The Senate passed a resolution on Wednesday against a person holding a party post after being disqualified from public office - a move aimed against deposed PM Nawaz Sharif's re-election as the Pakistan Muslim League-Nawaz's (PML-N) chief.
The resolution, presented by PPP's Senator Chaudhry Aitzaz Ahsan, pointed out that an un-elected person who has given up Pakistani citizenship, who is declared to be of an unsound mind or disqualified from holding public office by a court, can not become the head of a party and take decisions.
Last month, the Senate, despite the opposition parties' combined strength outnumbering the treasury benches, had passed the Elections Bill 2017, paving way for former prime minister Nawaz Sharif to once again take the helm of the PML-N.
The resolution passed with 52 senators voting in its favour and 28 against it.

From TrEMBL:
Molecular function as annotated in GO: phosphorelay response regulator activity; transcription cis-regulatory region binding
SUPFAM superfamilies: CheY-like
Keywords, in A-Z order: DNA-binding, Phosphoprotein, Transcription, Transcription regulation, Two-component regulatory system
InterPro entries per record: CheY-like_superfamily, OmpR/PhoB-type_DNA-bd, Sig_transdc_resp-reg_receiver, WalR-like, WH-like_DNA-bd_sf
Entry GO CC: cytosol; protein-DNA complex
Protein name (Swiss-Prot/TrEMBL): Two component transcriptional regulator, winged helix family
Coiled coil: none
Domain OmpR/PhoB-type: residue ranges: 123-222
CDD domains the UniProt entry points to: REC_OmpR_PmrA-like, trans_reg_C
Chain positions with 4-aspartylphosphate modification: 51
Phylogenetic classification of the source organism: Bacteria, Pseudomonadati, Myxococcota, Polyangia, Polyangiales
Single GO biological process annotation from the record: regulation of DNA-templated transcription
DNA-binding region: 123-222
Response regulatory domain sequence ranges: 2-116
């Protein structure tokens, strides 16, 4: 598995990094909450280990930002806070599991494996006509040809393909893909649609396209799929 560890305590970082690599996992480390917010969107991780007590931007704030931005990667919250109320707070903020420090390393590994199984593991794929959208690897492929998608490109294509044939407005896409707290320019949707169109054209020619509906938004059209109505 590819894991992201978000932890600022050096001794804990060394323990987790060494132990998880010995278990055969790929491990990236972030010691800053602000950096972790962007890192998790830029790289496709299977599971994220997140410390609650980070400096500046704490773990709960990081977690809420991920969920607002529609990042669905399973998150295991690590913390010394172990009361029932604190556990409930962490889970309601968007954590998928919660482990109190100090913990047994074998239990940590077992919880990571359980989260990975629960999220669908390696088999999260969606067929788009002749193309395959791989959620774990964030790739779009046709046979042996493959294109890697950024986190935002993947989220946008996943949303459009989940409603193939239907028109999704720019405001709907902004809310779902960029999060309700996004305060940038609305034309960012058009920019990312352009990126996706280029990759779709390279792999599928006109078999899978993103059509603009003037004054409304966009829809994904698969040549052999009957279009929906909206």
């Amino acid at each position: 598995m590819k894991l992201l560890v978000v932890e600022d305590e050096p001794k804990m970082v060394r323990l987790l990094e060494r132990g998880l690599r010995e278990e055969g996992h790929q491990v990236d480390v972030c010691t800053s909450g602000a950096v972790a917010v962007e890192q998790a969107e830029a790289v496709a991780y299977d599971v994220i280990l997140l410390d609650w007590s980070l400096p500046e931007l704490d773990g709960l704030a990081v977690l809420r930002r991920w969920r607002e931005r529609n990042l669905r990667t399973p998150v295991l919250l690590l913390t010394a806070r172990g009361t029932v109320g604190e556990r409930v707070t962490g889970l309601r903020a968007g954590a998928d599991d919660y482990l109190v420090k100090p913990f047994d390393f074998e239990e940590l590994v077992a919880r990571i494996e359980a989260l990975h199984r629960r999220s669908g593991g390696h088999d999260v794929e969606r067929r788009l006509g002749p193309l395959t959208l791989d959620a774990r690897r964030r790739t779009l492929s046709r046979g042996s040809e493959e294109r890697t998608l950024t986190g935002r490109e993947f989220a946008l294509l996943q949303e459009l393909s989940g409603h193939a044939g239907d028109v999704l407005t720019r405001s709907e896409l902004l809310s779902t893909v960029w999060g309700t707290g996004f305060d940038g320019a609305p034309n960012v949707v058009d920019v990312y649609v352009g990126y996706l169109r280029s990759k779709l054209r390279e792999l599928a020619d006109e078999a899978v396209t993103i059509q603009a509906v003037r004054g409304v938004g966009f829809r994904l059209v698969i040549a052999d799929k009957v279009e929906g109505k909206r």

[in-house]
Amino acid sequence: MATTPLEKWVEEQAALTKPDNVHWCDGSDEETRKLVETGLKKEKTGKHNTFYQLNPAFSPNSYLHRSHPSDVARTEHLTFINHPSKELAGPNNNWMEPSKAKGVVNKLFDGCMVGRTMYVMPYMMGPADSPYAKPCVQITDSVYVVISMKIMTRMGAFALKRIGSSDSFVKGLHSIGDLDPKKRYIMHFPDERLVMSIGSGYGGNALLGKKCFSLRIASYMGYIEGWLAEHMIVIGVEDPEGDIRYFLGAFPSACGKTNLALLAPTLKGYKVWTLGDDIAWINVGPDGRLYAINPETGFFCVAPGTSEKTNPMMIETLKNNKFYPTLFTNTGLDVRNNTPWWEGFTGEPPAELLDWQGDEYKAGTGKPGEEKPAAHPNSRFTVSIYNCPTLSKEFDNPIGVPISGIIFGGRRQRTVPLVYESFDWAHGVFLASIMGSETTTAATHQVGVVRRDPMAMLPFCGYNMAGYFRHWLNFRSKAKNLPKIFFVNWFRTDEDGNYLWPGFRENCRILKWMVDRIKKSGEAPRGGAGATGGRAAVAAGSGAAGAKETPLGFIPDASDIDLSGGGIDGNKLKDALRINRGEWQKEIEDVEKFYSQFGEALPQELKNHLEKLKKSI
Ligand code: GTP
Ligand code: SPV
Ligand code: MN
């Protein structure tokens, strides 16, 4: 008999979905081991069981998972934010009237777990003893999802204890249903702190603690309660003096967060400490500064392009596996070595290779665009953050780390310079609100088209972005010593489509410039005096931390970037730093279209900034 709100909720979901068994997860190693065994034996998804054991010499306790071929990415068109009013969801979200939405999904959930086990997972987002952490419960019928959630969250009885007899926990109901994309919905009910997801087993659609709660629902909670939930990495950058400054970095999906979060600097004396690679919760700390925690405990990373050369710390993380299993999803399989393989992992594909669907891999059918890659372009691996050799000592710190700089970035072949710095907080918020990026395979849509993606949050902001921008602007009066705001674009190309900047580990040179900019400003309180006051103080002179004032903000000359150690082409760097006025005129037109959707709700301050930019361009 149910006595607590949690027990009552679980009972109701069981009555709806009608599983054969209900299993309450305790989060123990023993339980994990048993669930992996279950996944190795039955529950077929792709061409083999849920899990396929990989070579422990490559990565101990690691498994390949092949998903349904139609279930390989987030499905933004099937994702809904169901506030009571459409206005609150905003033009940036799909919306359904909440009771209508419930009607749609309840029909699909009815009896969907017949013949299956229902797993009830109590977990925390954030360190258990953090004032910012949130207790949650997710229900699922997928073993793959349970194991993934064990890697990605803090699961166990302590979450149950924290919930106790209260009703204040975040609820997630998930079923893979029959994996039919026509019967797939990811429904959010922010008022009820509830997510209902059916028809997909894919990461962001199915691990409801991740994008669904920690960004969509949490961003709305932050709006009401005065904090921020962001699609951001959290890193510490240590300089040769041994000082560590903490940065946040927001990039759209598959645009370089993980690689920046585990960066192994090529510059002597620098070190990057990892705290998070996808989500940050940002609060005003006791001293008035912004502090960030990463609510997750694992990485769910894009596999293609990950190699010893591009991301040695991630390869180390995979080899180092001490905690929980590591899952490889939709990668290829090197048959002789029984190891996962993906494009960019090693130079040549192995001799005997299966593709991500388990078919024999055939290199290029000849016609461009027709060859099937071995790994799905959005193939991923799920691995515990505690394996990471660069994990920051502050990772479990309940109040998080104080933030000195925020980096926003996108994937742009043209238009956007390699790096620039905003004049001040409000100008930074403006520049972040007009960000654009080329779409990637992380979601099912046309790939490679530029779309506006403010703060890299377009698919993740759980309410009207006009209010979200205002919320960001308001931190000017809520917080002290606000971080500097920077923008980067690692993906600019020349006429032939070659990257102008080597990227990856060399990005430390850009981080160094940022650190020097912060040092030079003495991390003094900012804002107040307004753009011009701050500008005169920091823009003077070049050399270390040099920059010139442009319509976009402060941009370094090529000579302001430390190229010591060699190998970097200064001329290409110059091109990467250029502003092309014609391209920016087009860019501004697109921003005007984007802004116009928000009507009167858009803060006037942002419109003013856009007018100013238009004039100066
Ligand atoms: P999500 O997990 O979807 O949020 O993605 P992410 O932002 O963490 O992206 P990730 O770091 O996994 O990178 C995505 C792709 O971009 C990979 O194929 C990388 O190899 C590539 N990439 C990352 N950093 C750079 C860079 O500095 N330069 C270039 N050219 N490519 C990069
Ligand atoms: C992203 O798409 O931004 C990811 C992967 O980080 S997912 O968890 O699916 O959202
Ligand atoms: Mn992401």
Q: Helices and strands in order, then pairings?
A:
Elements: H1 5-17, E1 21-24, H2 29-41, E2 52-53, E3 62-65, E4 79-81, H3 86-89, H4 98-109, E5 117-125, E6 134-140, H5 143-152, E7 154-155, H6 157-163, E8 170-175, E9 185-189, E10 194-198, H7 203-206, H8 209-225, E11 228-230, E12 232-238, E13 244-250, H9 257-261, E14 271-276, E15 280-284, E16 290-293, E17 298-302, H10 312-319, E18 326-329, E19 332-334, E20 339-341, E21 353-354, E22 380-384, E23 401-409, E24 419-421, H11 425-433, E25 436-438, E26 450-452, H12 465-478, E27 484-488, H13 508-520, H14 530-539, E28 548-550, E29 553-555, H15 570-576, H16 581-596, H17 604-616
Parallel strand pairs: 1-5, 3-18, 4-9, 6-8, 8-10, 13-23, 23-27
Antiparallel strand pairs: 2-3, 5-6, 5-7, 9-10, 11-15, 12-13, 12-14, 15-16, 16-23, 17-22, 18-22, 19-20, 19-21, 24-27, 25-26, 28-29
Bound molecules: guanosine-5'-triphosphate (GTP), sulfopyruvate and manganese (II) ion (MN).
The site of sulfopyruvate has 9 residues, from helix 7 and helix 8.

Under The Representation of Peoples Act 1976, a disqualified person could not hold office of a party.
Ahsan said that after the new law, even someone who has given up Pakistani citizenship, who is declared to be of an unsound mind or otherwise disqualified from holding public office by a court now can become the head of a party.
It was further contended that by electing a disqualified person as a party chief, the parliament had become "exposed to becoming hostage to a person who himself is barred from entering it".
Opposing the resolution, Pakistan's Law Minister Zahid Hamid said the issue had been debated when the bill was passed and the president had also signed the bill after Parliament adopted it, it had become law now.
The resolution is non-binding and of no legal value and hence just symbolic.